I'll be driving for 4 hours with my bike on the rack through heavy rain. Will this damage the bike?

  • Roof rack or rear mount? – Chris H Jun 5 '17 at 12:41
  • Also what's the bike? The answer for this year's MTBs will be very different to those for a lovingly restored 70s racer. – Chris H Jun 5 '17 at 17:03
  • I'd argue that if the rain is so heavy and the traveling speed is so high as to cause damage to the bike, a major concern is the road hazard this driver/vehicle represents. – Jahaziel Jun 5 '17 at 21:49
  • Depending on how full your vehicle is, consider taking off both wheels and maybe the saddle, wrap the chain area in cling film (saran/glad wrap) and stash the frame across the rear seat. Remember to take enough tools to reassemble at the far end though! A bike frame might fit in your boot/trunk/storage too, like this. – Criggie Jun 6 '17 at 1:04

The prevalent thought among many members of the Cycling Illuminati (trademark) is that the high vehicle speeds will drive rain into your bearings on a bike if it is mounted to the roof rack. Seems kinda plausible, but here is a GCN video about how hard it is to actually drive water past seals and into bearings with a pressure washer:

  • Should You Jet Wash Your Bike?

    Spoiler: It took them a long time, with the pressure washer jet focused directly on the bearing itself at point blank for 3+ minutes to finally drive some water past the seals.

Unless you are traveling down the Autobahn at top speed with your bike mounted to a roof rack you hyper-car, you will probably be just fine. Pressure washer water velocity is about 243 mph (391 km/hr). A Bugatti Veyron 16.4 Super Sport is the world's fastest road legal production car with a top speed of 431 km/hr (268 mph). Technically, if you had a special rack designed for your Veyron (wouldn't want to upset the handling at 400 km/hr), you might be able to generate enough velocity for this to be a concern. Even then, it is likely only the head set bearings (or maybe bottom bracket if you have external bearing version) that will take the brunt. Even then, these bearings are oriented in a plane perpendicular to the plane of motion (which will greatly reduce the velocity of the water that actually interacts with the bearing seal face). Plus, don't forget that the front wheel usually rides inside the car and the rear hub is left on the bike, but will be running in disturbed air, which will further reduce the force of the rain water.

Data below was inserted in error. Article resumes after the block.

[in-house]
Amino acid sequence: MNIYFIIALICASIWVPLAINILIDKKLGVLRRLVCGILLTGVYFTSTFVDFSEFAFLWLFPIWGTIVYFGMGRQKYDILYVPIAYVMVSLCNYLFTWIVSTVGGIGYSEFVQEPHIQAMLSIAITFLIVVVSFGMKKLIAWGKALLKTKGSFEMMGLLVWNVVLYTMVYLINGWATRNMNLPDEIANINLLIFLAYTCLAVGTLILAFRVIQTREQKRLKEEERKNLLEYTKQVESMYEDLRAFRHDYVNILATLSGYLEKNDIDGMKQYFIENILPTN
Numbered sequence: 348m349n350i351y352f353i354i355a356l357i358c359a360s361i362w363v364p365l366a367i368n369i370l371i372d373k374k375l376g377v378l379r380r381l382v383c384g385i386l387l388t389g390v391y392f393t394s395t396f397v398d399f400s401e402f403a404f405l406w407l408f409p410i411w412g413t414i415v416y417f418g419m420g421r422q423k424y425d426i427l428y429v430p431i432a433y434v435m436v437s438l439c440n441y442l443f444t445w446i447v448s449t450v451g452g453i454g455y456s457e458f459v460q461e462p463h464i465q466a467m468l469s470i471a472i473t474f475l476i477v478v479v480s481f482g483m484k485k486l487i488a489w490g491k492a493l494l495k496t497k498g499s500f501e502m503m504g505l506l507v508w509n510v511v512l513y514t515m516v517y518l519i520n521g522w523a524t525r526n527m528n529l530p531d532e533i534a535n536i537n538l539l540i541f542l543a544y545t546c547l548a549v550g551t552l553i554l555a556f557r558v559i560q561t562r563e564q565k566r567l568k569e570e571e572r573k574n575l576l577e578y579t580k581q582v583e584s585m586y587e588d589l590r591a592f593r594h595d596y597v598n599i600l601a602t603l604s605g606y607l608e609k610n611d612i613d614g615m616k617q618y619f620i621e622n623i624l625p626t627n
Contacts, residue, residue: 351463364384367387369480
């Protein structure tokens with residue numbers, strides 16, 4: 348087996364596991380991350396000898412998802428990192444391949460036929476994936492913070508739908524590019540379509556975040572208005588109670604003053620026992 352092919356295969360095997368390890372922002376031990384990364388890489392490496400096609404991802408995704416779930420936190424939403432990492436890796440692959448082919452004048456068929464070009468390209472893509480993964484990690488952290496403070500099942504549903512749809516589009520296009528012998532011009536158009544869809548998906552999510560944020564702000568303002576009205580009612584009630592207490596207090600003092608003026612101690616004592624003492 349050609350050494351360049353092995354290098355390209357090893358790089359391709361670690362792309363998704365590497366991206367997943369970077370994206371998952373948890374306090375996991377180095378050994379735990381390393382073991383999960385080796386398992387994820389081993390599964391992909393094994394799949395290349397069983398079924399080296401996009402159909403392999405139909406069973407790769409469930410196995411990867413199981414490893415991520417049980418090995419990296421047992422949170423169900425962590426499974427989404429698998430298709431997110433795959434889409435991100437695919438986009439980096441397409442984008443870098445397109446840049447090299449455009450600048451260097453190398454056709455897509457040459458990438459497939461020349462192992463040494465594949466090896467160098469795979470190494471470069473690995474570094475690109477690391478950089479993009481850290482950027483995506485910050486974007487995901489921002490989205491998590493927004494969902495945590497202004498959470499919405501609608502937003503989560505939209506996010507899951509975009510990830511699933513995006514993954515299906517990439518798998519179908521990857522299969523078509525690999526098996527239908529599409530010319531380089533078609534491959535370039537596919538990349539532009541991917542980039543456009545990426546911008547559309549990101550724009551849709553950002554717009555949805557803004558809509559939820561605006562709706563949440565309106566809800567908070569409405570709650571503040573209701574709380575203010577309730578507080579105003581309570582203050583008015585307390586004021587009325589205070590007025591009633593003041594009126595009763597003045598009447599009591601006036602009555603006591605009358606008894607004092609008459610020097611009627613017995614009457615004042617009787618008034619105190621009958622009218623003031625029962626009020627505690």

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    Looking at that video it appears that he was using external bearings with fairly good seals. A standard bottom bracket on even a modestly expensive bike is either a loose bearing unit or a cartridge. I have seen several loose bearing BBs which were rusted completely out -- no sign of grease -- and several cartridge setups where water had gotten to the BB housing and was essentially sloshing around the cartridge. Plus, the guy in the video was not holding the wand nearly as close as most people would, if they didn't know any better. – Daniel R Hicks Jun 5 '17 at 21:43
  • @DanielRHicks - BSOs or bikes without grease will always be hyper sensitive to any water exposure. At the end of the video the presenter held the wand against the BB for 3 minutes 25 seconds to finally get a scenario where there is water ingress. He also held it within an inch of the BB for a minute without any water ingress. I don't see how it is physically possible for "most people" to hold it any closer. – Rider_X Jun 6 '17 at 22:04

If you're driving on the freeway, then you might be going 75 mph (120km/h) with a headwind adding another 15mph (25kph) so a total of 90mph (145kph).

That's fast enough to drive rain into the bearings in the headset, which is oriented right into the wind. Rain can also get into the bowden cables for your derailleurs and brakes, which will hasten rusting and sticking.